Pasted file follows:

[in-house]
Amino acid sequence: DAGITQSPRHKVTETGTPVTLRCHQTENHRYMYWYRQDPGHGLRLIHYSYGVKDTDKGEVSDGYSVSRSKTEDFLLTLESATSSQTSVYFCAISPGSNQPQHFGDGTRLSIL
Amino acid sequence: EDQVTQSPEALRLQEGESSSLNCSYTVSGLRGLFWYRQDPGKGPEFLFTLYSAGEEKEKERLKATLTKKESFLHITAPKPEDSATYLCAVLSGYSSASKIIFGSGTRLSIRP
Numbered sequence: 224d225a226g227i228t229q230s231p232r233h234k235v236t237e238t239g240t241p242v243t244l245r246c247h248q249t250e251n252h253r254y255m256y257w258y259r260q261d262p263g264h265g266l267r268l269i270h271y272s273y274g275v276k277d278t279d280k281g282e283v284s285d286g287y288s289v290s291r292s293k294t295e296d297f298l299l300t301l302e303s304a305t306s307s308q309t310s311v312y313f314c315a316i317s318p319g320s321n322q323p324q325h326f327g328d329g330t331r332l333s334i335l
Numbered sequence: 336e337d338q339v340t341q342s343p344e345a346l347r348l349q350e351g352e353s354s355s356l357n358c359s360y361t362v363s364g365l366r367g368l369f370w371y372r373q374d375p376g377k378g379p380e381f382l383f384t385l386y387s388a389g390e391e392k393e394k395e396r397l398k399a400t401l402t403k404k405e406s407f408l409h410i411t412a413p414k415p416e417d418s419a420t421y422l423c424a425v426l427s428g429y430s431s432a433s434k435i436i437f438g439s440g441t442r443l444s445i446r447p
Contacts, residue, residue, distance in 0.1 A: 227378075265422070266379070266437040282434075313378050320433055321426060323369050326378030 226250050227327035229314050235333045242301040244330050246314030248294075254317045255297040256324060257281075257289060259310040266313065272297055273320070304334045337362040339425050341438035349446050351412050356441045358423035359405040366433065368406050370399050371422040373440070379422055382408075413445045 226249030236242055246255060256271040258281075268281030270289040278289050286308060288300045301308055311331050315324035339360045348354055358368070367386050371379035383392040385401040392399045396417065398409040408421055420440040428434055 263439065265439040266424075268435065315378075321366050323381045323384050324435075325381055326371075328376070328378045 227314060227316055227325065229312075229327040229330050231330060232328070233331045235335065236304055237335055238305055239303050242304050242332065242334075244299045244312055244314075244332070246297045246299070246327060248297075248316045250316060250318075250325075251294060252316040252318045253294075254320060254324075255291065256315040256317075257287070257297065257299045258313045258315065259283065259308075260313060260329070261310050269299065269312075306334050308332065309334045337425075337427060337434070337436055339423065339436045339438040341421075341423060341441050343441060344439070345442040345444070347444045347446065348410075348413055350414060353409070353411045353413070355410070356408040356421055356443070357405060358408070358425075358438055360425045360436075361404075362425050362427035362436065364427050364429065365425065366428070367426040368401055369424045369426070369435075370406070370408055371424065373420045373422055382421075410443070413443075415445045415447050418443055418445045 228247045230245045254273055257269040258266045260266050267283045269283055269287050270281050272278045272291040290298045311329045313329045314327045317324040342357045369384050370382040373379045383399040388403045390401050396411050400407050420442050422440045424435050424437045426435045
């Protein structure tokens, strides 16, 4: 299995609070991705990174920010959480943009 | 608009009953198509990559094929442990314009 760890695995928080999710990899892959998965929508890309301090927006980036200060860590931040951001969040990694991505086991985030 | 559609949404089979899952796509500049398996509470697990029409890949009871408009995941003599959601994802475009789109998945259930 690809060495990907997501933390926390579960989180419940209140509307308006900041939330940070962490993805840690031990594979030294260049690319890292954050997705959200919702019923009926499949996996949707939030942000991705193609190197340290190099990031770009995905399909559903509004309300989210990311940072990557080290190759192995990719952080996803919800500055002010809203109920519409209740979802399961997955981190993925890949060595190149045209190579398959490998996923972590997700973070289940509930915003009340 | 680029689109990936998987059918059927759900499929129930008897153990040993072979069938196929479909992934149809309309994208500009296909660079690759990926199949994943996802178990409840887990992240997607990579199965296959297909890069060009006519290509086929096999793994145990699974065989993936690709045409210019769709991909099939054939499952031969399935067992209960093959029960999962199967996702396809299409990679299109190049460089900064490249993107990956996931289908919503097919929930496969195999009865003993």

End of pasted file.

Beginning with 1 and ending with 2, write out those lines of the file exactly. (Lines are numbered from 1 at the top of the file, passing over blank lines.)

[in-house]
Amino acid sequence: DAGITQSPRHKVTETGTPVTLRCHQTENHRYMYWYRQDPGHGLRLIHYSYGVKDTDKGEVSDGYSVSRSKTEDFLLTLESATSSQTSVYFCAISPGSNQPQHFGDGTRLSIL